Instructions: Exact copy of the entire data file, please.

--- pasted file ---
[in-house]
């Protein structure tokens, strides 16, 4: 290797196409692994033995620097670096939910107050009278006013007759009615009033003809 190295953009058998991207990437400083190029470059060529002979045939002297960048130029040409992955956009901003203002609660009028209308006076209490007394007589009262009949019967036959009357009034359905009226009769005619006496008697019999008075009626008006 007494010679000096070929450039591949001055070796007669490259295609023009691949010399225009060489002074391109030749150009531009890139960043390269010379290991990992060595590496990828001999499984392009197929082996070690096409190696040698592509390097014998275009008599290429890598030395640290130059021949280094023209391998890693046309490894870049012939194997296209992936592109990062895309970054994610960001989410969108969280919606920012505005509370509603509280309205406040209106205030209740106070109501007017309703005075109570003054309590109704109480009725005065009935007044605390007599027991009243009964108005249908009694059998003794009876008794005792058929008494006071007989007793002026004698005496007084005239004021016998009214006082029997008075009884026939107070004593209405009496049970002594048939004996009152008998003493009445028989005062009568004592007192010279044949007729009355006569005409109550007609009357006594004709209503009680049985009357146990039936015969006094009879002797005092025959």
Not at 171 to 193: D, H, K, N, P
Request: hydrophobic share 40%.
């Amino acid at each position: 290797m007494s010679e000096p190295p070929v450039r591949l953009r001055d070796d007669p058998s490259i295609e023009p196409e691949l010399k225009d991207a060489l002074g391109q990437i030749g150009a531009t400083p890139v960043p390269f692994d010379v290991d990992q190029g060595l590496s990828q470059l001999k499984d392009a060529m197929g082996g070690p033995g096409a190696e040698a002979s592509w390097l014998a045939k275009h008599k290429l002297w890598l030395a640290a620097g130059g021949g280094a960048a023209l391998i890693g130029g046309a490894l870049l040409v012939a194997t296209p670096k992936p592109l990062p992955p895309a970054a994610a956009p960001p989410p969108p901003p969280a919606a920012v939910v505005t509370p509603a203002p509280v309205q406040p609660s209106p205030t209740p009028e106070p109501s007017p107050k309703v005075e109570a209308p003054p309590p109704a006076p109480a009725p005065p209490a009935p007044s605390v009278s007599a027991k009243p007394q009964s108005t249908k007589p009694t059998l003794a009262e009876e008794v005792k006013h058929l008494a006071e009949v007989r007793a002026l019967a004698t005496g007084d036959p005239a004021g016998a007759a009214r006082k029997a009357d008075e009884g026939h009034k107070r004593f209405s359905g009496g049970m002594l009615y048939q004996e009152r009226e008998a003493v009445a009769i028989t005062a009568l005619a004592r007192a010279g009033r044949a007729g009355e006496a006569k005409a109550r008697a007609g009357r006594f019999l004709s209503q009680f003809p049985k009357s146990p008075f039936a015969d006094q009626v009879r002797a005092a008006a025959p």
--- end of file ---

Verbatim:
[in-house]
């Protein structure tokens, strides 16, 4: 290797196409692994033995620097670096939910107050009278006013007759009615009033003809 190295953009058998991207990437400083190029470059060529002979045939002297960048130029040409992955956009901003203002609660009028209308006076209490007394007589009262009949019967036959009357009034359905009226009769005619006496008697019999008075009626008006 007494010679000096070929450039591949001055070796007669490259295609023009691949010399225009060489002074391109030749150009531009890139960043390269010379290991990992060595590496990828001999499984392009197929082996070690096409190696040698592509390097014998275009008599290429890598030395640290130059021949280094023209391998890693046309490894870049012939194997296209992936592109990062895309970054994610960001989410969108969280919606920012505005509370509603509280309205406040209106205030209740106070109501007017309703005075109570003054309590109704109480009725005065009935007044605390007599027991009243009964108005249908009694059998003794009876008794005792058929008494006071007989007793002026004698005496007084005239004021016998009214006082029997008075009884026939107070004593209405009496049970002594048939004996009152008998003493009445028989005062009568004592007192010279044949007729009355006569005409109550007609009357006594004709209503009680049985009357146990039936015969006094009879002797005092025959």
Not at 171 to 193: D, H, K, N, P
Request: hydrophobic share 40%.
């Amino acid at each position: 290797m007494s010679e000096p190295p070929v450039r591949l953009r001055d070796d007669p058998s490259i295609e023009p196409e691949l010399k225009d991207a060489l002074g391109q990437i030749g150009a531009t400083p890139v960043p390269f692994d010379v290991d990992q190029g060595l590496s990828q470059l001999k499984d392009a060529m197929g082996g070690p033995g096409a190696e040698a002979s592509w390097l014998a045939k275009h008599k290429l002297w890598l030395a640290a620097g130059g021949g280094a960048a023209l391998i890693g130029g046309a490894l870049l040409v012939a194997t296209p670096k992936p592109l990062p992955p895309a970054a994610a956009p960001p989410p969108p901003p969280a919606a920012v939910v505005t509370p509603a203002p509280v309205q406040p609660s209106p205030t209740p009028e106070p109501s007017p107050k309703v005075e109570a209308p003054p309590p109704a006076p109480a009725p005065p209490a009935p007044s605390v009278s007599a027991k009243p007394q009964s108005t249908k007589p009694t059998l003794a009262e009876e008794v005792k006013h058929l008494a006071e009949v007989r007793a002026l019967a004698t005496g007084d036959p005239a004021g016998a007759a009214r006082k029997a009357d008075e009884g026939h009034k107070r004593f209405s359905g009496g049970m002594l009615y048939q004996e009152r009226e008998a003493v009445a009769i028989t005062a009568l005619a004592r007192a010279g009033r044949a007729g009355e006496a006569k005409a109550r008697a007609g009357r006594f019999l004709s209503q009680f003809p049985k009357s146990p008075f039936a015969d006094q009626v009879r002797a005092a008006a025959p």